UPS Cuts Thousands of Jobs After Poor Quarter

The largest courier business in the world intends to fire thousands of employees following a poor quarter-end result. For the final three months of 2023, United Parcel Service (UPS) reported a decrease in shipping volume. It has now unveiled a $1 billion cost-cutting plan that will result in job losses for a large number of Americans.

What’s Wrong At UPS?

riginally called the American Messenger Company, it was established in Seattle in 1907 and focused on delivering packages for retail establishments. In 1919, the company renamed itself as United Parcel Service and began operations in California. By 1975, it was operating in all 48 contiguous states. These days, it employs over 500,000 people and ships to every country in the world.

UPS, however, isn’t doing as well as one might anticipate in spite of the enormous spike in package deliveries brought forth by online markets. The company’s performance results for the last quarter of 2023 were highly poor, and they were disclosed on January 30. UPS only generated $1.61 billion in net revenue during the quarter, which is less than half of the $3.45 billion it made during the same period in 2022. 2023 was dubbed “a unique, and quite frankly, difficult and disappointing year” by CEO Carol Tomé. The daily parcel volume was down 8.3% globally and 7.4% in the US, she continued, with Europe bearing the brunt of the global decline.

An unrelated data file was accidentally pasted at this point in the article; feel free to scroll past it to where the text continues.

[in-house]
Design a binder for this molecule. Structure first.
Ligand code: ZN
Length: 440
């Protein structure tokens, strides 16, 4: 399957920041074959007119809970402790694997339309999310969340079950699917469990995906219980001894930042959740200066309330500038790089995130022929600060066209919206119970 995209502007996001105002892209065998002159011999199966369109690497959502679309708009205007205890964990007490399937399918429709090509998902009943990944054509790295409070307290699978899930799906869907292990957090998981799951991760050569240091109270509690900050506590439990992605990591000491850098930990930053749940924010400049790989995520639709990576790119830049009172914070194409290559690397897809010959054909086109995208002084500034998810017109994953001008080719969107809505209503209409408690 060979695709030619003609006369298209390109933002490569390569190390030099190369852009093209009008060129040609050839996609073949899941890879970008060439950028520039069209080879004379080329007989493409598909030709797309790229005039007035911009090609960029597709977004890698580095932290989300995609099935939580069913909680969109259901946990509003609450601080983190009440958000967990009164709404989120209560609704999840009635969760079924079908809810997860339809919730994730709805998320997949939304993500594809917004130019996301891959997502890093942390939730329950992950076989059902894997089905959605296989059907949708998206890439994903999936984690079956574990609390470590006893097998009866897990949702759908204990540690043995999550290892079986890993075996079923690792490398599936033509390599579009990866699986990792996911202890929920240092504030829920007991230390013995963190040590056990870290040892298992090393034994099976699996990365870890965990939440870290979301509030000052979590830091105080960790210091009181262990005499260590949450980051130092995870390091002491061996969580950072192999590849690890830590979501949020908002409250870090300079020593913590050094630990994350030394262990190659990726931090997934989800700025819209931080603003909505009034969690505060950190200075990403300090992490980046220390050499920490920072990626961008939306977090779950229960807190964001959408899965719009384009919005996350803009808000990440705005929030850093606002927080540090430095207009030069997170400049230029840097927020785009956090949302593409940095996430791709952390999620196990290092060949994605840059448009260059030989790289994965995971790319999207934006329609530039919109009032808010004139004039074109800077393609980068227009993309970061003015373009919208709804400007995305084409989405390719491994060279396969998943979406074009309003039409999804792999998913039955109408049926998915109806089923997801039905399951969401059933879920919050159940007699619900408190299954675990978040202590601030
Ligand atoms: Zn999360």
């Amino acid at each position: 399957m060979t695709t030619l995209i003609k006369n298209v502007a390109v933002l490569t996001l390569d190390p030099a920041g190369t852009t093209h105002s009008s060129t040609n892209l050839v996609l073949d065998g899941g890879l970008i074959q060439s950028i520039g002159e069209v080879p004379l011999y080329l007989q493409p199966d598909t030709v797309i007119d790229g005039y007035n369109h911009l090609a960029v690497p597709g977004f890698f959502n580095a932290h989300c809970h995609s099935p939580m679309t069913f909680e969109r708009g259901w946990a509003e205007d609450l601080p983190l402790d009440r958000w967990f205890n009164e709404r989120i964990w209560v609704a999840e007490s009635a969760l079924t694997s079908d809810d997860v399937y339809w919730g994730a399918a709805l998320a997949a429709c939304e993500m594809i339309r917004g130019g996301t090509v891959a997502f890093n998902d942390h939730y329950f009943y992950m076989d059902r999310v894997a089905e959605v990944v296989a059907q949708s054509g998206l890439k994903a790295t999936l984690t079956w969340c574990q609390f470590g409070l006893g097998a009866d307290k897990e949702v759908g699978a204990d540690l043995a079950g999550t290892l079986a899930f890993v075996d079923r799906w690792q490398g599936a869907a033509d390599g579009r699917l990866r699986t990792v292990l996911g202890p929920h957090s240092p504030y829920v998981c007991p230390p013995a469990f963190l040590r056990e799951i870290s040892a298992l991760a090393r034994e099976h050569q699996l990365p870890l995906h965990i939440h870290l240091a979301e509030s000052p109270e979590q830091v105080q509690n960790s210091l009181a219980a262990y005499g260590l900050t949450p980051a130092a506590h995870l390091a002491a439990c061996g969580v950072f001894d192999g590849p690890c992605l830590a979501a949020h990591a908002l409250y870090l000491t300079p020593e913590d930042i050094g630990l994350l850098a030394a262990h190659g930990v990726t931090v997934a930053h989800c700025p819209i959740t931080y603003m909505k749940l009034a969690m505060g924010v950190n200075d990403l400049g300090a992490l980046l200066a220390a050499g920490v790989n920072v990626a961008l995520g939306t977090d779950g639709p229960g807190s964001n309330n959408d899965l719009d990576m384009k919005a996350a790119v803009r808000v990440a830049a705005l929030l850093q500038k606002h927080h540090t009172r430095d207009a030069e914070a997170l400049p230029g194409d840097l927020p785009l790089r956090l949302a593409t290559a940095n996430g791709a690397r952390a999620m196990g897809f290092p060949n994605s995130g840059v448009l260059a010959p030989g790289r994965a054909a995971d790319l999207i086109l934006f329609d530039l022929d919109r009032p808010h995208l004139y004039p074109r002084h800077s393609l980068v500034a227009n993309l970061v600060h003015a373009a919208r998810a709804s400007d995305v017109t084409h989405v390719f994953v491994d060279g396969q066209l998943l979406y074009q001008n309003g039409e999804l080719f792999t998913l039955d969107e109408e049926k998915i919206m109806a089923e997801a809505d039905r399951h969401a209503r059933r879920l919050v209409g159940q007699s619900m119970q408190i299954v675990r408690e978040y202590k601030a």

A staff strike that was being threatened contributed to the company’s downfall by convincing many clients to use other couriers for their deliveries. UPS and the Teamsters Union were embroiled in a protracted legal battle for several months, which was settled in August of last year with a wage rise. However, the labor cost increase associated with the settlement probably contributed to the decline in revenue.

UPS Is Cutting Costs –- And Jobs

In reaction to the economic slump, the corporation decided to save $1 billion, primarily through the layoff of 12,000 workers. Additionally, employees will be required to return to working five days a week in an effort to counteract the post-pandemic decline in productivity brought on by hybrid working.

Tomé said UPS is also thinking at selling off Coyote, its truck brokerage business, which has “volatile” revenues, or frequently turns a loss. Although the company’s earnings may somewhat increase as a result, UPS primarily wants to restore its financial stability through employment layoffs. Although it could be excellent news for the business, 12,000 American workers will take a severe hit as a result.




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